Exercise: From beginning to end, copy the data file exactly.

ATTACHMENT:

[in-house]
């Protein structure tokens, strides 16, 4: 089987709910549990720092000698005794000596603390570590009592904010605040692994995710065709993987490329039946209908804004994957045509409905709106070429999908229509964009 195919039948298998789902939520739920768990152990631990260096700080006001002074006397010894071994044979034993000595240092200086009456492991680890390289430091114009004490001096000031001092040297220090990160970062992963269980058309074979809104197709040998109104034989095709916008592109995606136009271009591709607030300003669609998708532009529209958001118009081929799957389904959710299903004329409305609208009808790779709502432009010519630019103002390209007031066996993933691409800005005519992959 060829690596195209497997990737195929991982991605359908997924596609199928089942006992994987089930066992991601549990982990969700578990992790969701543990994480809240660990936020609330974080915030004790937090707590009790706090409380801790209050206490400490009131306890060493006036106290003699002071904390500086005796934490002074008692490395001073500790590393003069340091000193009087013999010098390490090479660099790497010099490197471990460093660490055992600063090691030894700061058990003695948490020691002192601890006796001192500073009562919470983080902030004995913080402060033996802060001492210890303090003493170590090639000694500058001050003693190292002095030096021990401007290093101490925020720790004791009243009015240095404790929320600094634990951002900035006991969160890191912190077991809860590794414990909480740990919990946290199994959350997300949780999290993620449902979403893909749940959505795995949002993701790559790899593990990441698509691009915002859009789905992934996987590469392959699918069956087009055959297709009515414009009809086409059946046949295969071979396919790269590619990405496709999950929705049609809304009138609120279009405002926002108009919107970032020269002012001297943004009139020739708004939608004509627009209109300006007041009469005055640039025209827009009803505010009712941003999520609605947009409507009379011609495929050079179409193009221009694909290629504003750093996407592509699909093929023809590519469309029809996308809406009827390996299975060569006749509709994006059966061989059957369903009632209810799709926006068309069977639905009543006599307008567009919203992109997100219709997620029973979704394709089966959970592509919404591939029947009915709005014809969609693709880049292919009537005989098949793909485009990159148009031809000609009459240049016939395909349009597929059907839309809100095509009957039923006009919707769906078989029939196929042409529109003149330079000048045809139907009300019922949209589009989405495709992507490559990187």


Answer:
[in-house]
């Protein structure tokens, strides 16, 4: 089987709910549990720092000698005794000596603390570590009592904010605040692994995710065709993987490329039946209908804004994957045509409905709106070429999908229509964009 195919039948298998789902939520739920768990152990631990260096700080006001002074006397010894071994044979034993000595240092200086009456492991680890390289430091114009004490001096000031001092040297220090990160970062992963269980058309074979809104197709040998109104034989095709916008592109995606136009271009591709607030300003669609998708532009529209958001118009081929799957389904959710299903004329409305609208009808790779709502432009010519630019103002390209007031066996993933691409800005005519992959 060829690596195209497997990737195929991982991605359908997924596609199928089942006992994987089930066992991601549990982990969700578990992790969701543990994480809240660990936020609330974080915030004790937090707590009790706090409380801790209050206490400490009131306890060493006036106290003699002071904390500086005796934490002074008692490395001073500790590393003069340091000193009087013999010098390490090479660099790497010099490197471990460093660490055992600063090691030894700061058990003695948490020691002192601890006796001192500073009562919470983080902030004995913080402060033996802060001492210890303090003493170590090639000694500058001050003693190292002095030096021990401007290093101490925020720790004791009243009015240095404790929320600094634990951002900035006991969160890191912190077991809860590794414990909480740990919990946290199994959350997300949780999290993620449902979403893909749940959505795995949002993701790559790899593990990441698509691009915002859009789905992934996987590469392959699918069956087009055959297709009515414009009809086409059946046949295969071979396919790269590619990405496709999950929705049609809304009138609120279009405002926002108009919107970032020269002012001297943004009139020739708004939608004509627009209109300006007041009469005055640039025209827009009803505010009712941003999520609605947009409507009379011609495929050079179409193009221009694909290629504003750093996407592509699909093929023809590519469309029809996308809406009827390996299975060569006749509709994006059966061989059957369903009632209810799709926006068309069977639905009543006599307008567009919203992109997100219709997620029973979704394709089966959970592509919404591939029947009915709005014809969609693709880049292919009537005989098949793909485009990159148009031809000609009459240049016939395909349009597929059907839309809100095509009957039923006009919707769906078989029939196929042409529109003149330079000048045809139907009300019922949209589009989405495709992507490559990187």